Do I see red and blue PEX connected on the cold side of the right tank?
Edit: I just realized that the red pipe connection on the incoming cold line is probably the return for the recirculating pump loop. They’re kind of expensive when you don’t insulate the pipe.
Never mind. FIxed.
Dang, I looked at that for five minutes and never saw that.
Sorry, I really didn’t mean to. I thought it would be OK to answer since it wasn’t strictly thermography related. I think it was a creative way of illustrating it.
I’m deleting my response so others can play too. If you delete the answer from yours we can have a do-over.
I was just stuck on the fact you are not showing the temperature scale.
Doesn’t look like any TPRV drain pipe either, at least on the right side.
Also looks like they just mix use red and blue PEX. Here it is RED is HOT and BLUE is for COLD, they don’t mix them, its the whole purpose is to make it dummy proof…wait where is Sean located again?..O forget the dummy proof comment.
Allright ladies keep guesing.
Thanks for the fix Chuck.
It also had QPEX on all the brass fittings. :-k color coorderantionwas the least of my issues with that one.
WAG…Left side water heater - Top thermostat is defective, causing the element to keep heating the water of the top part, and not cycling with the bottom heating element.
Water heaters in series rather than parallel which is preferred.
Right side tank is not heating water.
No T&P drain lines.
Recirc pump looks active.
Also hard piped without unions.
The right side tank may be turned off when the house is not occupied by many people, it may also have a bad upper element since no heat at all is coming out if its not switched off on purpose. If its switched off on purpose, the recirc pump needs to be turned off also or the return rerouted to the left tank.
The recirc pump should be in the return line so its not handling the hottest water (unit will last longer).
I don’t see any check valves, were they present ?
Looks like one or two TPR extension pipes are missing too.
Looks like the left tank hot pipe is pex up to the tank, many places require it to be kept a foot or two from the tank.
Series is fine, its the most common method in residential and it works fine (I have it).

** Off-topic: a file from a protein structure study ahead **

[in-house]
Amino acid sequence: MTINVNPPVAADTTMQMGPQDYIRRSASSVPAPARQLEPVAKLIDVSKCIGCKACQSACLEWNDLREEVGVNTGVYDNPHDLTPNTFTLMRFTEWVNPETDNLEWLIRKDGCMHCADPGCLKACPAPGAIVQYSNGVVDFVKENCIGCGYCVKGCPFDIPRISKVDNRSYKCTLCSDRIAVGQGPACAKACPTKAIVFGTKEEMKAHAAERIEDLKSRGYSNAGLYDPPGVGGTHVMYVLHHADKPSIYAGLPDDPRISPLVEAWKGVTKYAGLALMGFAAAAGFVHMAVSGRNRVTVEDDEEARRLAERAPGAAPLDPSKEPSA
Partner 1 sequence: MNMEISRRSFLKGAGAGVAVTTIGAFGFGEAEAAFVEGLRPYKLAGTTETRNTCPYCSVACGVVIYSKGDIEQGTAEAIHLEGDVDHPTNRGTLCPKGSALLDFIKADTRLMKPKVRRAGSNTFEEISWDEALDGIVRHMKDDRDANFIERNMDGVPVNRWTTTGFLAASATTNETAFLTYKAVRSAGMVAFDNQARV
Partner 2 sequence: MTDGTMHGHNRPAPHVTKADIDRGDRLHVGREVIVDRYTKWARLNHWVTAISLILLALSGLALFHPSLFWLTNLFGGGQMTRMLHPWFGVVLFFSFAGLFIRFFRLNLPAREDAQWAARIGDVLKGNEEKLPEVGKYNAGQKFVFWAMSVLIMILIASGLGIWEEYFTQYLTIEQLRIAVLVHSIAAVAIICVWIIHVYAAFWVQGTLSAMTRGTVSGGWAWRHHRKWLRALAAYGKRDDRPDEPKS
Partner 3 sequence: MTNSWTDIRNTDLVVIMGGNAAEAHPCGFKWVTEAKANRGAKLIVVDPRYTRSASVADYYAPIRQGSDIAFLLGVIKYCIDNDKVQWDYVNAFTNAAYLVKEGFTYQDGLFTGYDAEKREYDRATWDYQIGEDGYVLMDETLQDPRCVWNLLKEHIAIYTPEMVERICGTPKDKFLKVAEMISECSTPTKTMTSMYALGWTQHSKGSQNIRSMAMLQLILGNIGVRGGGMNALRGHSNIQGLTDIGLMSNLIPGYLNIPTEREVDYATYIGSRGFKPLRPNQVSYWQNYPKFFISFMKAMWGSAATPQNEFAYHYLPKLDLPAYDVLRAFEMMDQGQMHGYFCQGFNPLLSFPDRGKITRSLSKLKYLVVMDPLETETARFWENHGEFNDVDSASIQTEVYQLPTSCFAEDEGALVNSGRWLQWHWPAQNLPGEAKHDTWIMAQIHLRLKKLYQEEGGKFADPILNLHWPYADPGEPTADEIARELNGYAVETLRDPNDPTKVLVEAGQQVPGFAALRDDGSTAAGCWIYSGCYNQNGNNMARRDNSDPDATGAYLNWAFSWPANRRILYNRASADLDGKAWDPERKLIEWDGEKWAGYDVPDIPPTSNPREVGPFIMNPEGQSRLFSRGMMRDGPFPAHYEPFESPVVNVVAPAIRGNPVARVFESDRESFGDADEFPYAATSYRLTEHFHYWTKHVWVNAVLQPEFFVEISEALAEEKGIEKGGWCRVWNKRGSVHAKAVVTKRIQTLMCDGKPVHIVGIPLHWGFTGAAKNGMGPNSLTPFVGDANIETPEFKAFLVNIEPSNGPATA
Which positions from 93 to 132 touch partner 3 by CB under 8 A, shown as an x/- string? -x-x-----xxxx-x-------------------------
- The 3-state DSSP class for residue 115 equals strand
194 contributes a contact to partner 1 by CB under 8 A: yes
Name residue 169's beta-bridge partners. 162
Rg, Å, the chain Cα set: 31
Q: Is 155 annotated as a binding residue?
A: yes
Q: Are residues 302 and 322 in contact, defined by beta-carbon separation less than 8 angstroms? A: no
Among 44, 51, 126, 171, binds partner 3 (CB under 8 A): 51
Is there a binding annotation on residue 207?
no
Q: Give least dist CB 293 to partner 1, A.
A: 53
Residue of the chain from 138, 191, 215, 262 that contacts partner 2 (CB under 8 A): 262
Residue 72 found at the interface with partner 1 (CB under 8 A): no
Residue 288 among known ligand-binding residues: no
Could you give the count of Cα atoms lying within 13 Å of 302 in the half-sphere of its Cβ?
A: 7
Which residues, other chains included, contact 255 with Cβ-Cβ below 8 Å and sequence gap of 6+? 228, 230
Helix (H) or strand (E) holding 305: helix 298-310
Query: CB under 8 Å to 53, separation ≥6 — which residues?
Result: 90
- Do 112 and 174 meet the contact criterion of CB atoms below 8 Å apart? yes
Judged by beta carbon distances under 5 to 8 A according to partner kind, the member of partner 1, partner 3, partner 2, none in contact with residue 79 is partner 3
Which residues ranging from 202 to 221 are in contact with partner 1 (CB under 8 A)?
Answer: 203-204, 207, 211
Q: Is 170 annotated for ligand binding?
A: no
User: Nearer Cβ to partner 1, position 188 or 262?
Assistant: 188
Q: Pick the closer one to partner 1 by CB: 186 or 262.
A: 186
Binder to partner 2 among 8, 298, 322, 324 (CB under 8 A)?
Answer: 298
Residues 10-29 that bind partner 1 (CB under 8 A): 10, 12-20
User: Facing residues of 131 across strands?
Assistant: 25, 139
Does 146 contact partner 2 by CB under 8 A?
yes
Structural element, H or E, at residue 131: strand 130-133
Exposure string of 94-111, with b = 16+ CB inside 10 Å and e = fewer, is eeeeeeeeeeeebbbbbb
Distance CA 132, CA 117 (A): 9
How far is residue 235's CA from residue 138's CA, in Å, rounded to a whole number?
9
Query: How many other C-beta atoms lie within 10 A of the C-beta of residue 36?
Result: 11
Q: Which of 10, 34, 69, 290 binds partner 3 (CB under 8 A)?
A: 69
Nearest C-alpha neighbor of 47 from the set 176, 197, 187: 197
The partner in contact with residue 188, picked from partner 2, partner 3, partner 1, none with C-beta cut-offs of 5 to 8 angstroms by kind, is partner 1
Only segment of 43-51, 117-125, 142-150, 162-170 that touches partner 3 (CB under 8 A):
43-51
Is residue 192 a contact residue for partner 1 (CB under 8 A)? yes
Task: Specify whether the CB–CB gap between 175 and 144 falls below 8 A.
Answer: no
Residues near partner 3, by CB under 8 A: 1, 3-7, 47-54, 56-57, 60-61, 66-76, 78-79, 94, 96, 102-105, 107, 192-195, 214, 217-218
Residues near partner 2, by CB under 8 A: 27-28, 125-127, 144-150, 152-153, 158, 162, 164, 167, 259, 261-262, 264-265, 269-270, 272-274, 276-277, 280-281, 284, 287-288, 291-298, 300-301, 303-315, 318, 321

That would seem to make sense, but the mfr does specify that they should be installed at the hot water discharge. http://media.wattswater.com/IS-IHWRS.pdf. My guess is to help keep hot water out of the cold lines when someone opens a cold faucet???
Also, the pump in the picture is cocked. The Mfr says the motor/pump shaft should be horizontal. Not sure if this little bit actually makes a difference, but it might.
I’ve never came acrossed series hot water tanks (yet) or cirulation pumps. I agree with Bruce, I figured warmer water would be coming out of the right tank. Could there be a slight blockage on the incoming line (from the right tank) on the left tank? Temp looks cooler after the 90.
It looks like the downsteam tank is the only one on/working.
If the water heaters are different in capacity, BTU, or fuel types, etc., series is correct.
If two units are the same, series is better. You will actually have more volume of hot water and the units will wear evenly.
Since water heaters should be changed every 10-12 years (recommended to avoid leaks) having them work evenly probably makes sense.
Water heaters were 2007
House was empty so I had to turn on both electric water heaters.
Yes both T&P missing but that was not the real issue.
The right tank was not working. After the heaters ran for about an hour or so I turned on the circulation pump. The left tank produce hot water and the right did not. Since they are in series water came into the right tank and out/over to the left
The thermal was just for reference. I took my hand and touched the line to make sure both were working.
If the right was workng then I should have had hot water. Even if the bottom elements were burnt out I still would have had some hot water.
Right time and situation for the find.